Instead of specially engineering spacecraft components to fit into a rocket, NASA could densely pack materials like fiber and polymer into existing spacecraft and create the components while orbiting the planet. This cuts down on cost and opens up the possibility for larger spacecraft. — gigaom.com
In 1967, his architectural firm, Warner Burns Toan Lunde of 724 Fifth Avenue in Manhattan, won a contract to advise the Grumman Corporation of Bethpage, N.Y., for what would eventually be Grumman’s bid to construct an orbiting space station. Mr. Toan worked on the project for the next 20 years, until Grumman was bypassed as a prime contractor by the National Aeronautics and Space Administration. — cityroom.blogs.nytimes.com
A new partnership with the National Aeronautics and Space Administration brings an out-of-this-world opportunity for Cal Poly Pomona architecture students. Over the past months, students have been constructing a massive 30 foot structure in the parking lot of the Interim Design Center. [...]
The scenario given by NASA was to build a vertical habitat facility for four astronauts that can go into deep space for 60 days. — thepolypost.com
Foster + Partners is part of a consortium set up by the ESA to explore the possibilities of 3D printing to construct lunar habitations. Addressing the challenges of transporting materials to the moon, the study is investigating the use of lunar soil, known as regolith, as building matter. — fosterandpartners.com
The practice has designed a lunar base to house four people, which can offer protection from meteorites, gamma radiation and high temperature fluctuations. The base is first unfolded from a tubular module that can be transported by space rocket. An inflatable dome then extends from one end of...
Most of us think of memory as a chamber of the mind, and assume that our capacity to remember is only as good as our brain. But according to some architectural theorists, our memories are products of our body’s experience of physical space. Or, to consolidate the theorem: Our memories are only as good as our buildings. — blogs.smithsonianmag.com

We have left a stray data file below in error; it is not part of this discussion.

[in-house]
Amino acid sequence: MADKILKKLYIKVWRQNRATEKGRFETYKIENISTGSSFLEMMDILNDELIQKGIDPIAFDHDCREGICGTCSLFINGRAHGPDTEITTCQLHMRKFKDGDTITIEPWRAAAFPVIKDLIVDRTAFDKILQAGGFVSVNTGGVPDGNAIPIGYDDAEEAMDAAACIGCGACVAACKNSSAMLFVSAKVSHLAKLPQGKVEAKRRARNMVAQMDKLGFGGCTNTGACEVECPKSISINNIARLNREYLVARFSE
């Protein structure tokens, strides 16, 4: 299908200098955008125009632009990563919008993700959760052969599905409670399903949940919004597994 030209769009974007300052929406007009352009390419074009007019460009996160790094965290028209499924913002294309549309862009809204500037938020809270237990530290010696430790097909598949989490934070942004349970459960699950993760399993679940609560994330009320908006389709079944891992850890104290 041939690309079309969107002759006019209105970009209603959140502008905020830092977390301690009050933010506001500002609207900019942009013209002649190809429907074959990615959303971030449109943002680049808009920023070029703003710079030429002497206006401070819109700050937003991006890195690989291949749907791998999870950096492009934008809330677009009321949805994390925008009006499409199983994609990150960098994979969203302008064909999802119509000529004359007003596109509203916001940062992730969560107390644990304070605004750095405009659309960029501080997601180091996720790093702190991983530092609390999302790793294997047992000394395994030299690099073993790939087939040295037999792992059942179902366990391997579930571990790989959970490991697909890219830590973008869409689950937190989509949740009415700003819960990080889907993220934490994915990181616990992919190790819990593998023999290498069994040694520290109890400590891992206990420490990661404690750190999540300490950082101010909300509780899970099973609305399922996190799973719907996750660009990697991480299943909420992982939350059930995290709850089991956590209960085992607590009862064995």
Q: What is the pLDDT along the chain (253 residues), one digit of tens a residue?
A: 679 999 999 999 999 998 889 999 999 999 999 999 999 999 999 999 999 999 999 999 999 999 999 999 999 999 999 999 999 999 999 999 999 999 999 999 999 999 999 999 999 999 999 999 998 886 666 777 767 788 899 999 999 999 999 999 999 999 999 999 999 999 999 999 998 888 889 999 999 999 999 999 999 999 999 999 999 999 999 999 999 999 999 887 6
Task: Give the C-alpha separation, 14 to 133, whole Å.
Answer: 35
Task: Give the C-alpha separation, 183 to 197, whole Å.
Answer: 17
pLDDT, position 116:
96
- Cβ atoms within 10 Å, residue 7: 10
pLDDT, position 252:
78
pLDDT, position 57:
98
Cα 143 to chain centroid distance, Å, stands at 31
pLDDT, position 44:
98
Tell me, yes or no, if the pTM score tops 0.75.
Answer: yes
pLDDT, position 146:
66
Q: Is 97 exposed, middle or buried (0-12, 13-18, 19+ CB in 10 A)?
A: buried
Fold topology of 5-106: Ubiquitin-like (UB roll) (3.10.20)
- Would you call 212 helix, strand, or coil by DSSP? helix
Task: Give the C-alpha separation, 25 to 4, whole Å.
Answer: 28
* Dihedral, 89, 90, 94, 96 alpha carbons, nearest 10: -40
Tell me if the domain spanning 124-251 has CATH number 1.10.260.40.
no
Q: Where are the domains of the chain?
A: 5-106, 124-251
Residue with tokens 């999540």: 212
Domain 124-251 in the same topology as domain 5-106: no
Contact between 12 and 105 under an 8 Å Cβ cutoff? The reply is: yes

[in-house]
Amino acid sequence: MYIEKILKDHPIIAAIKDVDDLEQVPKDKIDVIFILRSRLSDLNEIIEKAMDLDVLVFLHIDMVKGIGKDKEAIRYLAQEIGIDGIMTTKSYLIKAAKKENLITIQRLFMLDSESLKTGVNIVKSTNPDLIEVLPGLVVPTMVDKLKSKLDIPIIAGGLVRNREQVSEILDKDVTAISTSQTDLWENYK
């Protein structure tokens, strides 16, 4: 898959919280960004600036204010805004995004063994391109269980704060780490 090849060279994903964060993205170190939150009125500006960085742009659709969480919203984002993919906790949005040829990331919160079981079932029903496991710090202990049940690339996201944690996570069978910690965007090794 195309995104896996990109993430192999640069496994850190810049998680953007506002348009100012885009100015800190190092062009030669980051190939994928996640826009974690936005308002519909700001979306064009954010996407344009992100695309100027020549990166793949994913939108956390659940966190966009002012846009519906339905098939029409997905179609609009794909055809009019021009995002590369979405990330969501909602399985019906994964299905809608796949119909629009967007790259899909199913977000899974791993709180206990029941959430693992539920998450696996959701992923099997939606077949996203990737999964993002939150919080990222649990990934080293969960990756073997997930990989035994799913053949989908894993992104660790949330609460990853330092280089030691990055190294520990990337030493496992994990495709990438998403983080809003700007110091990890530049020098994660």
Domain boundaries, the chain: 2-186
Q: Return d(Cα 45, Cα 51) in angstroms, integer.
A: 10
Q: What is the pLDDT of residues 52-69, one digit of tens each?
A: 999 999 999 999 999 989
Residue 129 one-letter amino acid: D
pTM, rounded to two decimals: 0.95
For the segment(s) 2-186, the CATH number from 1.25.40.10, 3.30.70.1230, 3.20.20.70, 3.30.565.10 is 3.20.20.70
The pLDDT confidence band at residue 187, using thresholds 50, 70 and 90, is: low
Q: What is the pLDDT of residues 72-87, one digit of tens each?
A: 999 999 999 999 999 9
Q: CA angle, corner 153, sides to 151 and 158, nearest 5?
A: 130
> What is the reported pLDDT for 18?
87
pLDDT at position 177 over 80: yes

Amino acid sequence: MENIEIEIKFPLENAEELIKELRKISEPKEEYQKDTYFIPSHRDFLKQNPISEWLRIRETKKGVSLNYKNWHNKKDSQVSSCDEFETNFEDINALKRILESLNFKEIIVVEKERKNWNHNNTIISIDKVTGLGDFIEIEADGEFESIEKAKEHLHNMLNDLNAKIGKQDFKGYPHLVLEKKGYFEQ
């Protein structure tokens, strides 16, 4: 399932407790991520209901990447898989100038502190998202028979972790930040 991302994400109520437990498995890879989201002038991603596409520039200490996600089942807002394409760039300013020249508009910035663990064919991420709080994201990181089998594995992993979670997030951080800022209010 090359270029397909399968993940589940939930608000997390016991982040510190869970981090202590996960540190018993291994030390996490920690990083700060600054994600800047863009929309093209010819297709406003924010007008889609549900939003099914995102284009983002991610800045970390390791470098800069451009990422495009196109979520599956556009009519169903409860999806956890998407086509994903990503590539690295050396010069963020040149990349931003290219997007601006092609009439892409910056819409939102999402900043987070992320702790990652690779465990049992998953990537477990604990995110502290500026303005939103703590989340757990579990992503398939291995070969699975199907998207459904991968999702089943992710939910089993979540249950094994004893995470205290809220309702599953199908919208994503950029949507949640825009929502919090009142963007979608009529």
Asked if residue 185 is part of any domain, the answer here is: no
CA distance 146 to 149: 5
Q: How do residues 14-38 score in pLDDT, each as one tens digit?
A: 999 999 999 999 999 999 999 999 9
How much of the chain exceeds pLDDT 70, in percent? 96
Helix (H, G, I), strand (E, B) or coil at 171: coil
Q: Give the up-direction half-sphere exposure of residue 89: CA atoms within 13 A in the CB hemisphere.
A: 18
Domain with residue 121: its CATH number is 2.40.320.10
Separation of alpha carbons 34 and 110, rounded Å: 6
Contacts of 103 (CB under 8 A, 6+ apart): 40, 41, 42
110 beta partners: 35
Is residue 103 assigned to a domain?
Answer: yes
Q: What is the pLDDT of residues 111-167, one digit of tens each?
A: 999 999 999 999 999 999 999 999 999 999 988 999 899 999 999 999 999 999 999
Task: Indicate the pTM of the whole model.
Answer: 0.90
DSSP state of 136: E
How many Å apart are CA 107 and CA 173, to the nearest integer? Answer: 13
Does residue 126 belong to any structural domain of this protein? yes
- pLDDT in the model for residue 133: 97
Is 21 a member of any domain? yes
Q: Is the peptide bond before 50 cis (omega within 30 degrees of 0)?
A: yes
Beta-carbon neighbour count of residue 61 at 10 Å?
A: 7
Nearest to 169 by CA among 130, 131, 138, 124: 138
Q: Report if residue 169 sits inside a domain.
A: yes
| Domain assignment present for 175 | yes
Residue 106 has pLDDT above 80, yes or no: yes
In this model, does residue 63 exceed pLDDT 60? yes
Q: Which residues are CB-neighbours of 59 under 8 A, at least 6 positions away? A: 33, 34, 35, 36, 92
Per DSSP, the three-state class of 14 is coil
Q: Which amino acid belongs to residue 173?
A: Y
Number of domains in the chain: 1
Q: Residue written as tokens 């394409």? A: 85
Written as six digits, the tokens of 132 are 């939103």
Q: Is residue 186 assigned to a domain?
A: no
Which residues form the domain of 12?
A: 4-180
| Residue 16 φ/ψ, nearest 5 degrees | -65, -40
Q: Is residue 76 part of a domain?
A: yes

Lautner's homes have appeared in Hollywood movies, but the architect himself wasn't particularly well-known when he died in 1994. Still, in 2011 — the centennial year of Lautner's birth — his hometown of Marquette, Mich., has honored him with two exhibitions: one at Northern Michigan University's DeVos Art Museum and one at the Marquette Regional History Center. — NPR
John Lautner's homes have been featured in many movies, but few people actually know who the architect was who came up with the designs. His space-age designs were probably a favourite of the cinematic because the designs themselves look like something which might be dreamed up by a set...
[ed] How 'public' space is lost "Casting a wary eye on the four-week-old Occupy Wall Street encampment, a group representing some of the city's most influential landlords plans to ask the city to revamp the rules governing privately owned parks, including removing a requirement that they be open 24 hours a day." — WSJ
We tend to underestimate The political power of physical places. Then Tahir Square comes along. Now it is Zucotti Park. — NYT
Associate professor Jamey Jacob is the leader of a group of Oklahoma State students who are designing a live-in habitat for next-generation space travel. The team at Oklahoma State is involved in a competition, hosted by NASA, with two other schools. — tulsaworld.com